What I really admire, though, is a community called ONTD_Political. The name comes from an earlier community called Oh No They Didn’t, or ONTD for short, which posts tabloid-like stories about celebrities. ONTD_Political isn’t completely the same in that it’s not scandal-based, but rather globally focused and concentrates on, well, everything.

How do they organize it all, you ask? By tagging religiously. There are, at current count, 1,097 tags that the poster can employ, often using several at a time for one news article. Immigration has 133 uses. The RNC has 32. Zimbabwe has 19.

And this is a community where I have seen some hardcore tag enthusiasts. A recent Malawi couple’s story became the source for a lot of empathy and sadness, but also lividness as the community commented that not only was the general media misidentifying a transgendered woman as a gay man, but that ONTD_P itself was . Who knew internet tagging could get so political?

Signing out, and double-checking my tags before I publish.

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Blog Post 3: Social Networking

(XKCD‘s most recent comic is relevant to our interests)

As of today, if you do a Google search for ‘facebook scandal’, you will get 14,000,000 results. While I’m sure that some of those stories refer to individual instances (which we’ll talk more about later), a great number of those have to do with huge TOS changes and infringements that have been going on as far back as early 2008. The biggest scandals aren’t between individual parties on Facebook so much as between Facebook and its users as a whole. People are upset about everything, but perhaps most reasonably about assumed privacy. The idea that manually opting out of having our information sold to private parties — and that taking care to make certain information, posts, pictures, and other media private or restricted only to a select few is actually meaningless if the interested party is willing to pay cash up front — seems dishonest if not actually illegal. It doesn’t help that Zuckerman has been quoted saying some less than advisable things about the intelligence of people willing to trust him with their personal info. This is driving several users to make statements by removing their content completely.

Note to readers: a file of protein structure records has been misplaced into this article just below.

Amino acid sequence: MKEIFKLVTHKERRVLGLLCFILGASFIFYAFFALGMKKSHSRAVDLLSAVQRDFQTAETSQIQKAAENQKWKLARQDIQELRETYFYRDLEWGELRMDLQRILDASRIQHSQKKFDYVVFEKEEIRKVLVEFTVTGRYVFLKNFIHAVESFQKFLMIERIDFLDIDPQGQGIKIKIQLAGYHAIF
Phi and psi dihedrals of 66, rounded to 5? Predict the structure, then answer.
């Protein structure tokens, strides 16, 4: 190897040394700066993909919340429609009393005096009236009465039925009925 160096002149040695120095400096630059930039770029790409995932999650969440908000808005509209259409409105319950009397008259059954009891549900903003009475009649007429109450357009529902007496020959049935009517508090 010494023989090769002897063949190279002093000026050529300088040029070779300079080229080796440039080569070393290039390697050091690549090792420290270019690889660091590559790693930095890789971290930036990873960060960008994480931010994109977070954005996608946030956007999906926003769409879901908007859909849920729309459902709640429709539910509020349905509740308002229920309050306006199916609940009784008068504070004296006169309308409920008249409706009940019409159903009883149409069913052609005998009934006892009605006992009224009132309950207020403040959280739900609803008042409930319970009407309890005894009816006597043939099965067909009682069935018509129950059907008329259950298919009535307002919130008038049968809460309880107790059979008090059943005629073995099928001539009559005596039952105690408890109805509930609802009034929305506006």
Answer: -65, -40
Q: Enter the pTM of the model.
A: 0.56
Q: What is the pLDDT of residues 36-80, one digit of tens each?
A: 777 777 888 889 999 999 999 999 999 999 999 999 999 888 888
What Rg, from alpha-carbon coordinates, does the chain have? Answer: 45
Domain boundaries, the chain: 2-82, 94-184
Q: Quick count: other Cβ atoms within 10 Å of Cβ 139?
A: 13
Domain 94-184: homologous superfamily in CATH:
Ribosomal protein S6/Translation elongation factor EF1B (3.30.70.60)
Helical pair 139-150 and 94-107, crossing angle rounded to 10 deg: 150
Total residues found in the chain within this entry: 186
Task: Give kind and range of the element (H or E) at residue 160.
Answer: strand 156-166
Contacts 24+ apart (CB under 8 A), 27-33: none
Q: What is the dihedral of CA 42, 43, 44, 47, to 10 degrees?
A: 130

Quit Facebook Day is happening on May 31, 2010. The specially dedicated website offers reasons why people are quitting, options for interested party, and a counter in the right column that (as of this post) numbers at 12526. That’s almost 13,000 people.

Therein lies the problem with this whole debacle. To Facebook, its advertisers, and its investors? 13k users is a drop in the bucket. Hell, if that number reaches 30k by the end of the month it still wouldn’t have anybody changing policies that are clearly so profitable. According to OpenScandal (linked above), here’s their financial breakdown of 2009:

# $125 million from brand ads
# $150 million from Facebook’s ad deal with Microsoft
# $75 million from virtual goods
# $200 million from self-service ads

Facebook is rolling in money. Rolling. In it. The online journaling site Livejournal was recently outed for allowing pop-up ads with embedded adware that they almost definitely knew about, and did not remove once they were explicitly informed. And why would they? As a business model, most members of the site, whether they pay for extra features or simply ‘pay’ by seeing the ads at the tops of their screens, don’t understand what they’re giving up… or don’t care enough to switch to a less popular service that has more honest policies. Until or unless the customers unite more effectively and use their buying/ad-looking power to strong-arm these companies to look at something other than profit, we’re going to see these headlines over and over again.